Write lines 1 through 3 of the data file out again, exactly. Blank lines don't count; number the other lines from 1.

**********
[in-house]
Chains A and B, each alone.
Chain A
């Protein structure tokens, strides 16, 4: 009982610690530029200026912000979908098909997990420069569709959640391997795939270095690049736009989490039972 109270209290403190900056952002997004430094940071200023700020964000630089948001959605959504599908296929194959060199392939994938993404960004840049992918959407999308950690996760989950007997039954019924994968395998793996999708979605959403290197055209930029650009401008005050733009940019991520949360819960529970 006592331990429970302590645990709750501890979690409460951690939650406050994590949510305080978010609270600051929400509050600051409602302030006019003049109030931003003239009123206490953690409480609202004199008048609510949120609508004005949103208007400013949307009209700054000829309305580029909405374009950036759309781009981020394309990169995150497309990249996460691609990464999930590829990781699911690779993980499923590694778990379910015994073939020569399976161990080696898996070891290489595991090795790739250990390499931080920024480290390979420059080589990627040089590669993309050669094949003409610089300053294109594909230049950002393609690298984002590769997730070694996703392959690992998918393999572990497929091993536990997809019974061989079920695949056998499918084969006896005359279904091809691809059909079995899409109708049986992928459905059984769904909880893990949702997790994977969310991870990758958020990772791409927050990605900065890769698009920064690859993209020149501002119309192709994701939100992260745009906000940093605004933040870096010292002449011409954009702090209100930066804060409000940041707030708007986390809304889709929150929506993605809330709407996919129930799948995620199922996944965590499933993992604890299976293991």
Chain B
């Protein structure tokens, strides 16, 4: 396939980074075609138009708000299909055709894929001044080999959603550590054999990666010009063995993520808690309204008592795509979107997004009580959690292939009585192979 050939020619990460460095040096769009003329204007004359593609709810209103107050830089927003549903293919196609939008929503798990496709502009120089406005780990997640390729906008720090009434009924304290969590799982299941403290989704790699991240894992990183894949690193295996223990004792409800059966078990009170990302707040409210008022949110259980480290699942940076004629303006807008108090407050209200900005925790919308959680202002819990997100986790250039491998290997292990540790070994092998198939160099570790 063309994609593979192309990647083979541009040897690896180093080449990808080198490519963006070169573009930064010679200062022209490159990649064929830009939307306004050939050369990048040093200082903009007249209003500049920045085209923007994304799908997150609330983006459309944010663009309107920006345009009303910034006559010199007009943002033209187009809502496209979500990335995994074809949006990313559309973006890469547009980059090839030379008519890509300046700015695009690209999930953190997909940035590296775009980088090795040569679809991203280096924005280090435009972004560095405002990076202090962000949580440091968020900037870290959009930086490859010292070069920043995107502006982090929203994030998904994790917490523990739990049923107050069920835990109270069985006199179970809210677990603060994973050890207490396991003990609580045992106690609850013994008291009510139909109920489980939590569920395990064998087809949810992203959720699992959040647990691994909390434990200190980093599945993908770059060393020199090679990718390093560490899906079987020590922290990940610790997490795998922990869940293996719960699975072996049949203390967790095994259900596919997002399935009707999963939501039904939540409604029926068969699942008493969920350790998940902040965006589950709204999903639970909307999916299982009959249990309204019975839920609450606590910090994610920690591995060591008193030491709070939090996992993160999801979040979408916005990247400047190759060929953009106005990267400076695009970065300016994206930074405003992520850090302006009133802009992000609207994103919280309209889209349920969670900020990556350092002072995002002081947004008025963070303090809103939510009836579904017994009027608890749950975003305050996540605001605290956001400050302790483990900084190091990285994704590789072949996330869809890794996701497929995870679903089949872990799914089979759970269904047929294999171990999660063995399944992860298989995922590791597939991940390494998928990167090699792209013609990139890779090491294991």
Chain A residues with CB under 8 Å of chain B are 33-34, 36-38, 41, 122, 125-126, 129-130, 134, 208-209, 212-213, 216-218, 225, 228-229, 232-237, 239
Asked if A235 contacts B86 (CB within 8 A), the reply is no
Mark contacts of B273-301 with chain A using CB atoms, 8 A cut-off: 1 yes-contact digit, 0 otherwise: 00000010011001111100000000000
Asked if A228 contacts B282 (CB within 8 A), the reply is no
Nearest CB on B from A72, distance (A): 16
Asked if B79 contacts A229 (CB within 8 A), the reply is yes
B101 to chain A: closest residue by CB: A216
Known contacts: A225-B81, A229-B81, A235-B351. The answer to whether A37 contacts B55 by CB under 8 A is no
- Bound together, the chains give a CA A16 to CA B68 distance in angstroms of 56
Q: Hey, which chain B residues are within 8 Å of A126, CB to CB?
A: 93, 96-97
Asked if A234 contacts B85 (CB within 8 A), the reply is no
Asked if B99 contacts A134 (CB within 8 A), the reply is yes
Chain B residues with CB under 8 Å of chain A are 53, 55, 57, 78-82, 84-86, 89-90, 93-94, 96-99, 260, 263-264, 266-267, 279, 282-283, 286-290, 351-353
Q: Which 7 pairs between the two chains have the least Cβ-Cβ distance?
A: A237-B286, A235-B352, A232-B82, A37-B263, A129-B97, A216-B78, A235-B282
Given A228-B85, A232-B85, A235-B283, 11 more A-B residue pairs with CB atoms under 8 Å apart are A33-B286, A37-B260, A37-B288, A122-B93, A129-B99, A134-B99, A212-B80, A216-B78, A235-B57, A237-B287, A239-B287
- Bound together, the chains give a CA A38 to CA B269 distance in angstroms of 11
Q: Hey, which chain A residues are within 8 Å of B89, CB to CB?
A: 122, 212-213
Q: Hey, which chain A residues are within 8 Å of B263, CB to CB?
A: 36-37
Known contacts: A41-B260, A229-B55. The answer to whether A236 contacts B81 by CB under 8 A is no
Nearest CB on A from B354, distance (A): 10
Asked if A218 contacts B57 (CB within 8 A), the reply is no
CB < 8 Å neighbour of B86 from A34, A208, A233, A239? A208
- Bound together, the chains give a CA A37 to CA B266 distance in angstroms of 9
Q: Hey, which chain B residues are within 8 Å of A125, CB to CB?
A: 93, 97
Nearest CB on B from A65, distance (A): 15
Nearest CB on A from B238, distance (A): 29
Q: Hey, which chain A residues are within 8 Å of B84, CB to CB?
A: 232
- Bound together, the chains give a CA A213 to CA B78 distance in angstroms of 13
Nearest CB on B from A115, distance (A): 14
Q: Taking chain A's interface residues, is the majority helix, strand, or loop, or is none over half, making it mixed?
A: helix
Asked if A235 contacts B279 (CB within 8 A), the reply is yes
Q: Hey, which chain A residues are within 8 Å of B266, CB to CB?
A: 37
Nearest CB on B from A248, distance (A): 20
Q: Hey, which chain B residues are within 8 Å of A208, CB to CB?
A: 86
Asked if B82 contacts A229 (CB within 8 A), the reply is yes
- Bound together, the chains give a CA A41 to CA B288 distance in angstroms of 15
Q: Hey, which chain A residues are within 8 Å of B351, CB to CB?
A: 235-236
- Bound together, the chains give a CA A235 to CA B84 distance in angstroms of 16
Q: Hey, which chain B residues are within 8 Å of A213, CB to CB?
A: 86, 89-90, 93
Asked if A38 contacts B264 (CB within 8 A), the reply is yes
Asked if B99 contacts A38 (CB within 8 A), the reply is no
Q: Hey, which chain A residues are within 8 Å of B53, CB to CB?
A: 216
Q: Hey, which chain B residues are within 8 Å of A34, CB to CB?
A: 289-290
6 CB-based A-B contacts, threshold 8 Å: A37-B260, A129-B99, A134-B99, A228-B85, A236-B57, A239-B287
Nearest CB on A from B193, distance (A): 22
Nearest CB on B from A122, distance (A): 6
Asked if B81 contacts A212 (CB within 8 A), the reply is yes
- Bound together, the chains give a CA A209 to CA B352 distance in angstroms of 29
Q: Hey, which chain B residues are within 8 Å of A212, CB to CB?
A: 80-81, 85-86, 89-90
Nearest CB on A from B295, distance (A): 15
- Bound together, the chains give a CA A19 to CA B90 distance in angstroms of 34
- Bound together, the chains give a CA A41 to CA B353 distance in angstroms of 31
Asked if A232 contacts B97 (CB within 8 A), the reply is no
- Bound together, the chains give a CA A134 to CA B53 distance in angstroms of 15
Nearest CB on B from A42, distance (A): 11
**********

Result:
[in-house]
Chains A and B, each alone.
Chain A